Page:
400,000 in Myanmar (2000 census). Population total all countries: 805,700.
Northeast Shan State, upper Salween river area; East Shan State, Kengtung area; resettling since 2000 in southeast Shan State, Mong Hsat and Mong Ton townships, especially Mong Yawn, Pong Pa Kyin, and Mong Kyut town areas. Also in China, Thailand.
2 (Provincial). De facto provincial language in Shan State.
Ai Cheung, Ai Swa, Ang Krax, Awm Plawk, Bible Wa, Caong Naong, Cuan, Hom, Ien, Kang Seu, Kaung Sang, Kawn Cawng, Kawn Jiem, Kawn Mau, Kawn Poih, Kawn Rao, Kawng Lang, Kha Lax, Khui Ma, Kok Lah, La Dah, La Kong, Lah Kreum, Lhax Tiah, Lung Kua, Man Leen, Man Shiang, Man Teu (Jo Phyu, Man Teey, Man Ton, Man Tong), Man Tong, Meung, Meung Kun, Meung Mao, Meung Yum, Muik Lhang, Muik Lhax, Muik Nghawng, Muik Nu, Muik Raix, Muik Sime, Nawng Plawx, Nom Tum, Pa Tah, Pang Vai, Pang Yang (Muik Khaox), Panglao, Rho Mawng, Rok Tong, Sau Hin, Savaik, Sheeiem, Shiem Tum, Shiiem Ceeim, Si Gang Rai, Si Nawk, Si Nga, Si Viex, Simung, Taoh Mie, Toi Lawng, Veng Ngeen, Vui Sai, Yaong Brex, Yaong Khrum, Yaong Krak, Yaong Kua, Yaong Leen, Yaong Lung, Yaong Nong, Yaong O, Yaong Peng, Yaong Raok, Yaong Riex, Yaong Sang, Yaong Soi, Yaong Ting, Ying Phang (Sigang). Over 70 varieties of Wa in Myanmar; 300 varieties in China (2006 Institute of Nationalities, Sun Hong Kai). Related to Lawa [lcp]. Wa official nationality standard form in China based on Yong Shuai, one of many Parauk varieties. Bible Wa, a composite language, based on the Yong Shuai, Yong Rauk, Mang Toei, and Toilawng varieties, forms the standard for Myanmar.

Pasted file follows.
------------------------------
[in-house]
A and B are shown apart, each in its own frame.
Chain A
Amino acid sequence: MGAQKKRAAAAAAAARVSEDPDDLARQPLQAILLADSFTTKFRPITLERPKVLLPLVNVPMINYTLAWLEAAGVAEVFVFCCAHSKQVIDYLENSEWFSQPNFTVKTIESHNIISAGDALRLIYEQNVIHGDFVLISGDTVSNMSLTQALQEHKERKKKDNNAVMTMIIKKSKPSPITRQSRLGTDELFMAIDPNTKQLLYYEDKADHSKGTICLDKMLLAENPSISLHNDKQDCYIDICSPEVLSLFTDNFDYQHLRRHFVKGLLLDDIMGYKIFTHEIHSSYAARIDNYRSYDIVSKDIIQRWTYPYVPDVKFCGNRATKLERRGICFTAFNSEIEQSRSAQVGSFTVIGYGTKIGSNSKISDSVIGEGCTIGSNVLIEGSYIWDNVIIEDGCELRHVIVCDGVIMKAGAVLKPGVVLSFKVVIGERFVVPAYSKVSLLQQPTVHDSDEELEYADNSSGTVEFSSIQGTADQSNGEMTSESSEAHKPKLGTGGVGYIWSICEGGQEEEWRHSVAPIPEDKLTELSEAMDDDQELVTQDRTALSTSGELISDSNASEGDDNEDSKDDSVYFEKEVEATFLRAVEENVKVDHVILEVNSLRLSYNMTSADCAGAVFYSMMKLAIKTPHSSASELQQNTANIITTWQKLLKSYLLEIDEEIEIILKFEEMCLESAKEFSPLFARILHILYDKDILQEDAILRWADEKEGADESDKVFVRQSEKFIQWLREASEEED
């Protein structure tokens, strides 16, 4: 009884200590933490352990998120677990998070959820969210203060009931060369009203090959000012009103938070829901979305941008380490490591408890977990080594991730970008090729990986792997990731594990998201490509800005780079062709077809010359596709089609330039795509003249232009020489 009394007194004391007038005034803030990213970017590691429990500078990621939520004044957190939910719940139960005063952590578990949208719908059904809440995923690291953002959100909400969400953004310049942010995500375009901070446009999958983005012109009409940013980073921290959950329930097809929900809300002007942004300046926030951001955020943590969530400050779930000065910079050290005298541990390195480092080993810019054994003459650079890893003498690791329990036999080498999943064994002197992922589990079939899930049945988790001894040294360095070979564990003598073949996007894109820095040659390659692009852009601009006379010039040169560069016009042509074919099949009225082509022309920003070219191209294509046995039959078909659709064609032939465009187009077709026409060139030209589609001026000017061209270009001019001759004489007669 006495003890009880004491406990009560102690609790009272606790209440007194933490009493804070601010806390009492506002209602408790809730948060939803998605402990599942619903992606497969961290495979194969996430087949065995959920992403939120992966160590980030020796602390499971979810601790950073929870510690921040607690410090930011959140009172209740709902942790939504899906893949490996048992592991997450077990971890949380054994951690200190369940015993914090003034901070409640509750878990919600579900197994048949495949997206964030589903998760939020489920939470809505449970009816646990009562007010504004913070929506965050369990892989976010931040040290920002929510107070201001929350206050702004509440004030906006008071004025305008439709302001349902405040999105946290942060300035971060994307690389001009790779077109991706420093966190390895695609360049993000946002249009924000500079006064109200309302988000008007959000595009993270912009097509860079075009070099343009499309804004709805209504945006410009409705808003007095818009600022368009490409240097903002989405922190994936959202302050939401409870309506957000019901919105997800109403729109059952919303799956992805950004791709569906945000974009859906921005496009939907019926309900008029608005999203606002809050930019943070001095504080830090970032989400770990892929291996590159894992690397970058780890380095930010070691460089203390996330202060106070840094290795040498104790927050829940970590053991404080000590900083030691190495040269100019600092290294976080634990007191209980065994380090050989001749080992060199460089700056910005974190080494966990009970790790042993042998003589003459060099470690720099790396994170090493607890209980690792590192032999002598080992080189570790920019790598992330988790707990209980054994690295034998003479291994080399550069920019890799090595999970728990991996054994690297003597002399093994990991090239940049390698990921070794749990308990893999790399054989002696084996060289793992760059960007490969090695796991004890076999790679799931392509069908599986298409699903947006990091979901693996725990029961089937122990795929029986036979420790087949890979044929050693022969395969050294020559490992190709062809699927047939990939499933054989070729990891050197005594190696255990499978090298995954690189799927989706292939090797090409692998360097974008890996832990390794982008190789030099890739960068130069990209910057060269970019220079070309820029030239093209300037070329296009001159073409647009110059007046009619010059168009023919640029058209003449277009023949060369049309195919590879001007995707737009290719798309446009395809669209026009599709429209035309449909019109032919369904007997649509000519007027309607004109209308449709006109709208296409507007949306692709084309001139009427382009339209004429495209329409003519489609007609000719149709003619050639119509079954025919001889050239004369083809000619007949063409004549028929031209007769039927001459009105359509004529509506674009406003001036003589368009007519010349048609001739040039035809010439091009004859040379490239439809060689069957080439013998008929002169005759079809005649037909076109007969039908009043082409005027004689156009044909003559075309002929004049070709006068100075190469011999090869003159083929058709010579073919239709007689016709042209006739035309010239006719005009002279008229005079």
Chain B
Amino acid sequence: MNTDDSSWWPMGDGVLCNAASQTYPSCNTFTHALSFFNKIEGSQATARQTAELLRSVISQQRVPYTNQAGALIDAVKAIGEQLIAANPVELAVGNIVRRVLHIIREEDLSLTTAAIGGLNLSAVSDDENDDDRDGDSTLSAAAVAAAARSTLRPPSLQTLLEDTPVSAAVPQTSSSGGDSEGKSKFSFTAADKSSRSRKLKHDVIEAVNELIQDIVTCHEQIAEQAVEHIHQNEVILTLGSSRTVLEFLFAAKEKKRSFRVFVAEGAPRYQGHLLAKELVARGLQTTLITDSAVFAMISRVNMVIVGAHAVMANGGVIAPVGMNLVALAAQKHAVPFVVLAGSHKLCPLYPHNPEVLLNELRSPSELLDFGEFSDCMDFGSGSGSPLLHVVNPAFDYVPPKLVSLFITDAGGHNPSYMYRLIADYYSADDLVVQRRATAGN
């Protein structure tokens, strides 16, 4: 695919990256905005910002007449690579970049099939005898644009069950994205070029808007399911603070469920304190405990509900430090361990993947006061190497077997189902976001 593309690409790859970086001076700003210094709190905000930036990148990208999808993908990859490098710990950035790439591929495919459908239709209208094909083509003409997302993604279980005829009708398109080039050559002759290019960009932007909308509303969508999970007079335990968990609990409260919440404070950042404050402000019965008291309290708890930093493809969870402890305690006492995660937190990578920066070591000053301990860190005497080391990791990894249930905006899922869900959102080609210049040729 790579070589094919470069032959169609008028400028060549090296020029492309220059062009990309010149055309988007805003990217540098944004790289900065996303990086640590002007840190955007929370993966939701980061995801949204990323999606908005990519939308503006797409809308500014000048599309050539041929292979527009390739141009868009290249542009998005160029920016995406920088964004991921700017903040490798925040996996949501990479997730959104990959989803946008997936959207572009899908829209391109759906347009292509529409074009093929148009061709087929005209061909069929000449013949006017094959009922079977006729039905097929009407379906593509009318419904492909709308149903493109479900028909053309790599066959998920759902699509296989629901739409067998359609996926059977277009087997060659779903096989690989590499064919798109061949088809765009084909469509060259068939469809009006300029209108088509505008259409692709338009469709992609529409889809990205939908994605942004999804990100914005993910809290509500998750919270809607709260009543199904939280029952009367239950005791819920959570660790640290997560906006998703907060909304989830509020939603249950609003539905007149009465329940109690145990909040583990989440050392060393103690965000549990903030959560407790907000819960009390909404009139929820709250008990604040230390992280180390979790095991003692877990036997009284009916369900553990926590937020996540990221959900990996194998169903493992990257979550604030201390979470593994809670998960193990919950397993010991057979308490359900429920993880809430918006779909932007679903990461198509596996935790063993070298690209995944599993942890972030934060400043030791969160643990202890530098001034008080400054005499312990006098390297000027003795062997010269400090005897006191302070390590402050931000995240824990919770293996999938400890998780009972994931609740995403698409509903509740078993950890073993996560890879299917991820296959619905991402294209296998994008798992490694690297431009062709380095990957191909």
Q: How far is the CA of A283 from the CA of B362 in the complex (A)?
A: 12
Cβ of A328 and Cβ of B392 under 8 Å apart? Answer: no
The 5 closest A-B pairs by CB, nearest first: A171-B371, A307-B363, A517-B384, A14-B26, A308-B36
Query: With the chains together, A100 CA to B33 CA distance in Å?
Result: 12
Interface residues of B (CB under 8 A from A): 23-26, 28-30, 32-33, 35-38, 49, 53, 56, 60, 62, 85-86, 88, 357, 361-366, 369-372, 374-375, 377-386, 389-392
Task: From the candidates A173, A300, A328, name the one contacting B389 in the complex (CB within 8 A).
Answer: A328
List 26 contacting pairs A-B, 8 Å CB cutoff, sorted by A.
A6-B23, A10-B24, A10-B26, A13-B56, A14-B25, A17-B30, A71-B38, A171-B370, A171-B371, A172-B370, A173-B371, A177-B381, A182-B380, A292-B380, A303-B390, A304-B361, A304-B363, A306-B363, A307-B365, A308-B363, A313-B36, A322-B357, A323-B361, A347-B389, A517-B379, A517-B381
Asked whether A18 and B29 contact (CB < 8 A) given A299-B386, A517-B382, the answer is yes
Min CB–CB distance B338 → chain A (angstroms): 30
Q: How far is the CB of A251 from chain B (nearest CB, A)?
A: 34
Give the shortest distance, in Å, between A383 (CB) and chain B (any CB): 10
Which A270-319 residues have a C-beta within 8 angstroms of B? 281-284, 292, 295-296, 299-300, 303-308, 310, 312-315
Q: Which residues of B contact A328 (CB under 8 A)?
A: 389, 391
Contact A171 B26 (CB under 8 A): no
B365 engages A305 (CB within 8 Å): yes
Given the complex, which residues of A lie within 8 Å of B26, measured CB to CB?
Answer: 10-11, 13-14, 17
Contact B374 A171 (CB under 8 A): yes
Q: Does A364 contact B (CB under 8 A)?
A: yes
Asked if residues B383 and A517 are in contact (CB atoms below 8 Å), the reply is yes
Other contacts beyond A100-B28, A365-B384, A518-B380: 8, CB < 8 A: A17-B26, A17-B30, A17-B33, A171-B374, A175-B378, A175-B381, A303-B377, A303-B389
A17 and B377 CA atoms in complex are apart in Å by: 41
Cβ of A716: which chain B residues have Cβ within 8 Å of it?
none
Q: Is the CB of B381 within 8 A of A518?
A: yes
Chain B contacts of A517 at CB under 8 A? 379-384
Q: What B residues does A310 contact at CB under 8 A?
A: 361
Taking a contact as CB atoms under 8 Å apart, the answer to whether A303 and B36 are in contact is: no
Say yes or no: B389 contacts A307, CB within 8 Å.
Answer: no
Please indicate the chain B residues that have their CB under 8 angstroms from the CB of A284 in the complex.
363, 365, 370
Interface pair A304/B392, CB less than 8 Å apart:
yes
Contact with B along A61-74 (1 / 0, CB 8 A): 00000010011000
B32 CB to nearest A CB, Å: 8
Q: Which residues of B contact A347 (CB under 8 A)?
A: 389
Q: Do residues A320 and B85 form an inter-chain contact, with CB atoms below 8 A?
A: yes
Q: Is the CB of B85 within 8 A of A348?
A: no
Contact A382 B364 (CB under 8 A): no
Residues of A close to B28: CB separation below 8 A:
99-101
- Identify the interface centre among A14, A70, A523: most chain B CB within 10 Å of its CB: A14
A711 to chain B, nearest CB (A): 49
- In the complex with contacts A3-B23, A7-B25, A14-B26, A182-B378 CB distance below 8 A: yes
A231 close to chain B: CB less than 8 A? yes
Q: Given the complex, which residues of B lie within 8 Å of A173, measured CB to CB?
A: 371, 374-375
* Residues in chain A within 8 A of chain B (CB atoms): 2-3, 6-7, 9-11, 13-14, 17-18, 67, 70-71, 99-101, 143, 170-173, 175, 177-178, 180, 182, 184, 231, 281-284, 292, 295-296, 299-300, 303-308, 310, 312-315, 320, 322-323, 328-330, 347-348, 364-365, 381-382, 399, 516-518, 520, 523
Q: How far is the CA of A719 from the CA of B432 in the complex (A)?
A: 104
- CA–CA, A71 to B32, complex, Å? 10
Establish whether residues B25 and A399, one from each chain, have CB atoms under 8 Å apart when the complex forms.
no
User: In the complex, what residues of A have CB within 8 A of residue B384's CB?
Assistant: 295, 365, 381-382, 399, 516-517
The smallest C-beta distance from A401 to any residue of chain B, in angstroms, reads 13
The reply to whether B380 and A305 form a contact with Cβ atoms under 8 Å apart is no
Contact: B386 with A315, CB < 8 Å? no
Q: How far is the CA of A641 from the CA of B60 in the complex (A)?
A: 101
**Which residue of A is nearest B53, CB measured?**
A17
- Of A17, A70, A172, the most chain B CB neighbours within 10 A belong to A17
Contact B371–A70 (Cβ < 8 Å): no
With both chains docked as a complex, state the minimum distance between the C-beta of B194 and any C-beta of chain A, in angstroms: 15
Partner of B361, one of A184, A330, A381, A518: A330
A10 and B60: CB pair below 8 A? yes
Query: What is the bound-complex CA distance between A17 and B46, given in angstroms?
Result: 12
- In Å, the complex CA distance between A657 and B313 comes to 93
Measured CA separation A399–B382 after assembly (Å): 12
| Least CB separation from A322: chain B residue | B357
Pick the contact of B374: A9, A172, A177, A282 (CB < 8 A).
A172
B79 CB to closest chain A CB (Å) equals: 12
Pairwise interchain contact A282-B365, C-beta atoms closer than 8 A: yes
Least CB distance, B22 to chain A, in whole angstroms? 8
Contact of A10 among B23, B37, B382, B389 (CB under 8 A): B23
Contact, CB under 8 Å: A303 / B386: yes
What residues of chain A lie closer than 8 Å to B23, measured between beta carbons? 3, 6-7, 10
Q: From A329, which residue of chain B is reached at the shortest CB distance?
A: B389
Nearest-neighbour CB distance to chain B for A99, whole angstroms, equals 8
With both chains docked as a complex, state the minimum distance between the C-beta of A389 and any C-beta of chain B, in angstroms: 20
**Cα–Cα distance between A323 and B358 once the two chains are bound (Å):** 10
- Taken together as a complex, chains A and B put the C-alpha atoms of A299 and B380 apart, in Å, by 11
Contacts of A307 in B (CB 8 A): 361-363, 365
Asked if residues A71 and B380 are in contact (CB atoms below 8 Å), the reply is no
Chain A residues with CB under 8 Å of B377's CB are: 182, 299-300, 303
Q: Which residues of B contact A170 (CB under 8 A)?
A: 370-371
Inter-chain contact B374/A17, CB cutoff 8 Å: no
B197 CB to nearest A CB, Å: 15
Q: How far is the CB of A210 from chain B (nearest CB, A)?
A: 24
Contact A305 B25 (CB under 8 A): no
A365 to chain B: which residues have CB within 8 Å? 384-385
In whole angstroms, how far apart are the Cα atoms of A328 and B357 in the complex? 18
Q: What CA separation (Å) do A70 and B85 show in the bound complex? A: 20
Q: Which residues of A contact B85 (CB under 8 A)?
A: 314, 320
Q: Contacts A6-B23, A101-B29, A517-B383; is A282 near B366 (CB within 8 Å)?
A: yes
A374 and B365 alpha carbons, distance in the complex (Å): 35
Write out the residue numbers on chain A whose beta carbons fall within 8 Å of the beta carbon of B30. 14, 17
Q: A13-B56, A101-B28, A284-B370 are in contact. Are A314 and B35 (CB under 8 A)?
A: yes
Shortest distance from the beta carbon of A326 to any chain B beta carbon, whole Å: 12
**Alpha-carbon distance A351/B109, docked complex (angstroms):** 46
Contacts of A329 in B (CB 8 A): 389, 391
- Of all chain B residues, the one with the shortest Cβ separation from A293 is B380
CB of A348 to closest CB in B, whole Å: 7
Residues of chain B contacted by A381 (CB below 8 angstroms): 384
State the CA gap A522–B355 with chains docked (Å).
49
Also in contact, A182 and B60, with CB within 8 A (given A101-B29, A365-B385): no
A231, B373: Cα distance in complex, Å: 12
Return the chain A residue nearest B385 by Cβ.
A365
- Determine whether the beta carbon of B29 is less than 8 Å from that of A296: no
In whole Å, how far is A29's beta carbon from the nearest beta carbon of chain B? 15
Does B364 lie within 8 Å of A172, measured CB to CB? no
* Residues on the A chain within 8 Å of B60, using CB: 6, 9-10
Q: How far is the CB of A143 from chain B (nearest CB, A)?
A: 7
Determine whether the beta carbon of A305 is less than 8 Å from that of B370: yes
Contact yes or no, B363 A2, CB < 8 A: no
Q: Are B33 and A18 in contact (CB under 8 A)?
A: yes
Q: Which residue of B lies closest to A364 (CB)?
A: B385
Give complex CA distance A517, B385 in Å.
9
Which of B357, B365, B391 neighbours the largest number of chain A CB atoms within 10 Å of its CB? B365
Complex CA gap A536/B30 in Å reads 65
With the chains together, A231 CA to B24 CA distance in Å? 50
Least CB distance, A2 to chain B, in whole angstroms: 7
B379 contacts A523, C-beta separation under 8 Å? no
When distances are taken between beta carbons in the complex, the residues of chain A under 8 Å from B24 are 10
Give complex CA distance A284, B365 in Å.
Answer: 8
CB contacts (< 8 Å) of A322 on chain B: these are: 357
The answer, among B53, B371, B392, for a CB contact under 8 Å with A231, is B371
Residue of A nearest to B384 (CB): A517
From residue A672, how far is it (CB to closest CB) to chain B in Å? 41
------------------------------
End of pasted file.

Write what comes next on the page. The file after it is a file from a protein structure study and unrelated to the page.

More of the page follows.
Traditional religion, Christian, Buddhist.